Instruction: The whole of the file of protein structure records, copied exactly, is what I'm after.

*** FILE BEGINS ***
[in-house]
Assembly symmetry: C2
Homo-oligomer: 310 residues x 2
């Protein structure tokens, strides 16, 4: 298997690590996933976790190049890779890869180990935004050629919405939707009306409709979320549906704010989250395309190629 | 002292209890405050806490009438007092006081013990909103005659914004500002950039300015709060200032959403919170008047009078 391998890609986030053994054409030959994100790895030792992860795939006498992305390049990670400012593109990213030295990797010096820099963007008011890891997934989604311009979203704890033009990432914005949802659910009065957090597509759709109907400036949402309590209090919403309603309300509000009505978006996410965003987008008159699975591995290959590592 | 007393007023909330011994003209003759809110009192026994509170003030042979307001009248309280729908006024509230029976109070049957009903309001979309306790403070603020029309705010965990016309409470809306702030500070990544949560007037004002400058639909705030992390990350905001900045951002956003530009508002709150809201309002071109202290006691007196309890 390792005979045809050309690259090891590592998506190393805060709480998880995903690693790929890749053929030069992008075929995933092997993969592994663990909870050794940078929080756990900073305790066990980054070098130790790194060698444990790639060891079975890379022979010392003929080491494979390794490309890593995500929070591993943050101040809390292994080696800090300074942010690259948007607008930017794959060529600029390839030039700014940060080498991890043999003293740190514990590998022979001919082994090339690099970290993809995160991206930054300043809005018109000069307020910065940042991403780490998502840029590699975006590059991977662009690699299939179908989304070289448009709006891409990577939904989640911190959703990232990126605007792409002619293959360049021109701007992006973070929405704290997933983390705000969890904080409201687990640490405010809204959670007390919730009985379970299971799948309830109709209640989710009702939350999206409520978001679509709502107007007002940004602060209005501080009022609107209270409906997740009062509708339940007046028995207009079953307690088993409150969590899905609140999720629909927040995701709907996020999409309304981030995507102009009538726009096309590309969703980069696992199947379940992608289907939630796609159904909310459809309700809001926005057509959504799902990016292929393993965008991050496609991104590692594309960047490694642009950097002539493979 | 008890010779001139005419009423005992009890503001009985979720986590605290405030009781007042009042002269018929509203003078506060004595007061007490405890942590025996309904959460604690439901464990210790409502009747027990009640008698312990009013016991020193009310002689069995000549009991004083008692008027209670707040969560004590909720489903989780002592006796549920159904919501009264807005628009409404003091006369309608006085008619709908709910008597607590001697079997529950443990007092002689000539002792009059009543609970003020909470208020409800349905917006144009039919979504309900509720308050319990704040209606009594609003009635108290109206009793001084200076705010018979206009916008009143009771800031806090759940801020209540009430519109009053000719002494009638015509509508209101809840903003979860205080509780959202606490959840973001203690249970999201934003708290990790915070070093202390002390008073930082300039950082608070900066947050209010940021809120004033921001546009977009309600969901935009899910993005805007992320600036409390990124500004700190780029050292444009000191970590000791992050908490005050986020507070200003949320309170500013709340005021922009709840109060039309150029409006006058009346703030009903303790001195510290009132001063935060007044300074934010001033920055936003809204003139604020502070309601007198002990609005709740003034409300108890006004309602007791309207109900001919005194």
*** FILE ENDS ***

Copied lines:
[in-house]
Assembly symmetry: C2
Homo-oligomer: 310 residues x 2
């Protein structure tokens, strides 16, 4: 298997690590996933976790190049890779890869180990935004050629919405939707009306409709979320549906704010989250395309190629 | 002292209890405050806490009438007092006081013990909103005659914004500002950039300015709060200032959403919170008047009078 391998890609986030053994054409030959994100790895030792992860795939006498992305390049990670400012593109990213030295990797010096820099963007008011890891997934989604311009979203704890033009990432914005949802659910009065957090597509759709109907400036949402309590209090919403309603309300509000009505978006996410965003987008008159699975591995290959590592 | 007393007023909330011994003209003759809110009192026994509170003030042979307001009248309280729908006024509230029976109070049957009903309001979309306790403070603020029309705010965990016309409470809306702030500070990544949560007037004002400058639909705030992390990350905001900045951002956003530009508002709150809201309002071109202290006691007196309890 390792005979045809050309690259090891590592998506190393805060709480998880995903690693790929890749053929030069992008075929995933092997993969592994663990909870050794940078929080756990900073305790066990980054070098130790790194060698444990790639060891079975890379022979010392003929080491494979390794490309890593995500929070591993943050101040809390292994080696800090300074942010690259948007607008930017794959060529600029390839030039700014940060080498991890043999003293740190514990590998022979001919082994090339690099970290993809995160991206930054300043809005018109000069307020910065940042991403780490998502840029590699975006590059991977662009690699299939179908989304070289448009709006891409990577939904989640911190959703990232990126605007792409002619293959360049021109701007992006973070929405704290997933983390705000969890904080409201687990640490405010809204959670007390919730009985379970299971799948309830109709209640989710009702939350999206409520978001679509709502107007007002940004602060209005501080009022609107209270409906997740009062509708339940007046028995207009079953307690088993409150969590899905609140999720629909927040995701709907996020999409309304981030995507102009009538726009096309590309969703980069696992199947379940992608289907939630796609159904909310459809309700809001926005057509959504799902990016292929393993965008991050496609991104590692594309960047490694642009950097002539493979 | 008890010779001139005419009423005992009890503001009985979720986590605290405030009781007042009042002269018929509203003078506060004595007061007490405890942590025996309904959460604690439901464990210790409502009747027990009640008698312990009013016991020193009310002689069995000549009991004083008692008027209670707040969560004590909720489903989780002592006796549920159904919501009264807005628009409404003091006369309608006085008619709908709910008597607590001697079997529950443990007092002689000539002792009059009543609970003020909470208020409800349905917006144009039919979504309900509720308050319990704040209606009594609003009635108290109206009793001084200076705010018979206009916008009143009771800031806090759940801020209540009430519109009053000719002494009638015509509508209101809840903003979860205080509780959202606490959840973001203690249970999201934003708290990790915070070093202390002390008073930082300039950082608070900066947050209010940021809120004033921001546009977009309600969901935009899910993005805007992320600036409390990124500004700190780029050292444009000191970590000791992050908490005050986020507070200003949320309170500013709340005021922009709840109060039309150029409006006058009346703030009903303790001195510290009132001063935060007044300074934010001033920055936003809204003139604020502070309601007198002990609005709740003034409300108890006004309602007791309207109900001919005194």